GE stands to benefit from a number of other trends, as well. For example, as Investing Daily analyst Brian O’Connell reported in a September 16 article, the company has signed on to help deliver 5,000 megawatts of new, affordable energy in Tanzania and Ghana. It’s an example of GE’s strong potential to attract rising power investments in developing areas like sub-Saharan Africa, where two-thirds of the population is without electricity.

The stock has performed well year-to-date, rising 26.6%. GE also pays dividends at annual rate of $0.76 a share, for a 2.86% yield.

2014 Tech Trend #4: It All Comes Back to Security

At the heart of all the trends we’ve examined over the past couple days is data security.

With more users accessing networks through the cloud and mobile devices, as well as analytics software gathering data from ever-more disparate sources, protection from viruses and other online threats has never been more important.

According to IBM (NYSE: IBM), 41% of companies plan to increase their spending on computer security in 2014. The U.S. government, too, is boosting its investments in this area: according to IDC Government Insights, overall government IT security spending will rise to over $7.3 billion in 2017 from $5.9 billion in 2012.

The two largest players in the computer security market are Symantec (NasdaqGS: SYMC) and McAfee Corp. In 2012, Symantec held the top spot, with 19.6% of the market, followed by McAfee—owned by Intel Corp. (NYSE: INTC)—at 8.8%.

We’ve written previously about Symantec’s considerable advantages in the computer-security realm, including its well-established line of Norton Antivirus products (see “Symantec’s Synergy in Cybersecurity,” July 23, 2013).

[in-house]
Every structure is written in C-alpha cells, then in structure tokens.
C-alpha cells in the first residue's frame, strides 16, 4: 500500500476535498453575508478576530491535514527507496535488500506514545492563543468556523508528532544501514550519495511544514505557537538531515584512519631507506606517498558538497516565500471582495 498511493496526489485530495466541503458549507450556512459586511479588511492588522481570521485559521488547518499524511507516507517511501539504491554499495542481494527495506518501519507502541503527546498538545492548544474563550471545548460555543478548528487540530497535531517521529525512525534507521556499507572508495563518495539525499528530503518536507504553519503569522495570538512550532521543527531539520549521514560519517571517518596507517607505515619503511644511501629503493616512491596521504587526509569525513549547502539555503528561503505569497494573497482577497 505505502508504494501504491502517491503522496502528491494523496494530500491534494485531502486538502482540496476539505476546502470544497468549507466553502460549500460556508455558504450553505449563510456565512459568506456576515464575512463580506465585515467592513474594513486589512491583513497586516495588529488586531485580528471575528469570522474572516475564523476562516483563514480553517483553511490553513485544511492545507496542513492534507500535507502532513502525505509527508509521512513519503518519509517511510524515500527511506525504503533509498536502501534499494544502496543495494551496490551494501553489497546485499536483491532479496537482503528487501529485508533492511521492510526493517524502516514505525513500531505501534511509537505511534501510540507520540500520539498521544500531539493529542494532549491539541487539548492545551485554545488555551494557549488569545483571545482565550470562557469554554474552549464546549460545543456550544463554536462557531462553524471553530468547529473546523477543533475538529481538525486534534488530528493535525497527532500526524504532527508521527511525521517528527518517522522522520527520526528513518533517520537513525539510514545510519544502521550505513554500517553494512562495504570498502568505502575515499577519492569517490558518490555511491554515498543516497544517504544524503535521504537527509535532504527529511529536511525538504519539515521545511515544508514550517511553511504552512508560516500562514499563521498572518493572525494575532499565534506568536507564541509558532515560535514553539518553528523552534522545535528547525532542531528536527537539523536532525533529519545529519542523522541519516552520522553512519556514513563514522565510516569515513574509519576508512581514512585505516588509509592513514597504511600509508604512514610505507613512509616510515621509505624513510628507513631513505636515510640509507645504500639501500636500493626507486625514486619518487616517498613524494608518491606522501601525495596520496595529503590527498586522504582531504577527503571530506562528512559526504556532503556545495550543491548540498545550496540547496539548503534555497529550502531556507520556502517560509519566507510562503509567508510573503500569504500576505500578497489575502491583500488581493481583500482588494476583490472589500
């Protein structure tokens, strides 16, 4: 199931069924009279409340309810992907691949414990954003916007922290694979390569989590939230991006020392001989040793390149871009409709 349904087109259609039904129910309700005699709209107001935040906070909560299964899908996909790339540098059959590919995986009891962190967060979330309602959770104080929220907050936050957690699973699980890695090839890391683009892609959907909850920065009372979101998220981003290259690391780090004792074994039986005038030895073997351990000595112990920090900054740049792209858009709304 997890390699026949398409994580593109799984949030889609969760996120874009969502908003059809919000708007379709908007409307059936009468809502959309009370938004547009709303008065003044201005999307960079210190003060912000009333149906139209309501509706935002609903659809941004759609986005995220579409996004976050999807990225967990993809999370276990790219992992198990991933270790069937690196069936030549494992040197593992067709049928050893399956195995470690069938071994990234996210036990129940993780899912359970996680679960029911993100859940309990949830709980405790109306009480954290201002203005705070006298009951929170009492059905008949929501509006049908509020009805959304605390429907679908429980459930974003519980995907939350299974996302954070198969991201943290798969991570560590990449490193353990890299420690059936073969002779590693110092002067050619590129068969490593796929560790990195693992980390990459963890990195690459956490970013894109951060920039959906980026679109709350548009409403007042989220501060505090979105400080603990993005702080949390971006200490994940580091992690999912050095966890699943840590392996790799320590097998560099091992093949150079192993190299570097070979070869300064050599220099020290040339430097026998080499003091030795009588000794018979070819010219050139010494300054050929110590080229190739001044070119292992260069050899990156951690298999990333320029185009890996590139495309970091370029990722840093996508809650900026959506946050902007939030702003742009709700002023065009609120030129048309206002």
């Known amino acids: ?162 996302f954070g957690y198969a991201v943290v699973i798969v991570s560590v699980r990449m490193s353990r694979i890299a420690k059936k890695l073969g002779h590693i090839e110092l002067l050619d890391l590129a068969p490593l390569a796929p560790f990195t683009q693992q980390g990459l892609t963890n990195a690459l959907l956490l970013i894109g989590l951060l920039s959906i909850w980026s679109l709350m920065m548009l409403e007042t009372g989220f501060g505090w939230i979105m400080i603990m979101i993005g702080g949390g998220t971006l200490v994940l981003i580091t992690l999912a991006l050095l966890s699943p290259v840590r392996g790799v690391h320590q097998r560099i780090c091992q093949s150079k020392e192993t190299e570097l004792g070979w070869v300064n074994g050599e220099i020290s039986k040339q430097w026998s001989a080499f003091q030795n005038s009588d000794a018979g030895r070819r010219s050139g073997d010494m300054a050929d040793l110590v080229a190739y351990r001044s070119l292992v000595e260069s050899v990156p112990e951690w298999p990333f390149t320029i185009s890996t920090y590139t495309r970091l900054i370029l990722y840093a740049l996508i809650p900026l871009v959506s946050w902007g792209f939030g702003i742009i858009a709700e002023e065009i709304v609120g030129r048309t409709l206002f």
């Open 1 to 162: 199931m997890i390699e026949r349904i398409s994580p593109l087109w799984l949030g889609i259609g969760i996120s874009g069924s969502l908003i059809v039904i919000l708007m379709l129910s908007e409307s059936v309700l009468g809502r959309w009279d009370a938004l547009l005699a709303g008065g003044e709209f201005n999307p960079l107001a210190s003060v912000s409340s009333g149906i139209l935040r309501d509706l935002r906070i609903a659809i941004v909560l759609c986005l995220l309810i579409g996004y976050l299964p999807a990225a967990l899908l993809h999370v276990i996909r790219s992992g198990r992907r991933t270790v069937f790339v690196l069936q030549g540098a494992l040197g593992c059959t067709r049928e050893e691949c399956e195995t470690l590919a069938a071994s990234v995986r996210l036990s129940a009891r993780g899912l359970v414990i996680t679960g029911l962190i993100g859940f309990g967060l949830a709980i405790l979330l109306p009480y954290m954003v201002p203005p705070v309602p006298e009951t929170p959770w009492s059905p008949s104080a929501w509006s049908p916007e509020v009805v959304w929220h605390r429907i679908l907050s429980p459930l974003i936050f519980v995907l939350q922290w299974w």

However, Intel also stands to gain as companies and individuals grow more concerned about data security on all platforms, including mobile devices.

Intel—whose main business is making computer chips—is a less-direct play on computer security than Symantec, and it has been slower to adapt to the shift from PCs to mobile devices.

However, it continues to boost its R&D spending, including devoting more resources to mobile growth. It spent a total of $10.2 billion on research and development in 2012 (or about 19% of its total revenue), up from $8.4 billion in 2011. Through the first three quarters of 2013, it has devoted $7.8 billion to R&D.

The company should benefit from new products built around its Atom Z3000 Bay Trail chips, which are designed to be highly energy efficient and are aimed at everything from seven-inch tablets to larger, two-in-one PCs, such as detachable tablet/PC hybrids.

These chips also offer improved security features and support for McAfee’s DeepSAFE technology, which operates outside the operating system to protect from phishing attacks and keep data secure.

Intel acquired McAfee in 2010 in a cash deal worth $7.7 billion. It offers a number of mobile security products, including McAfee Mobile Security Smartphone Edition 2014. According to the company, its applications now protect over 150 million mobile devices worldwide. That number should continue to rise with greater adoption of smartphones.

The stock has gained 18.8% in the past year and trades at 12.9 times Intel’s forecast 2014 earnings of $1.89 a share. It also pays an attractive dividend: the annual rate of $0.90 a share yields 3.69%.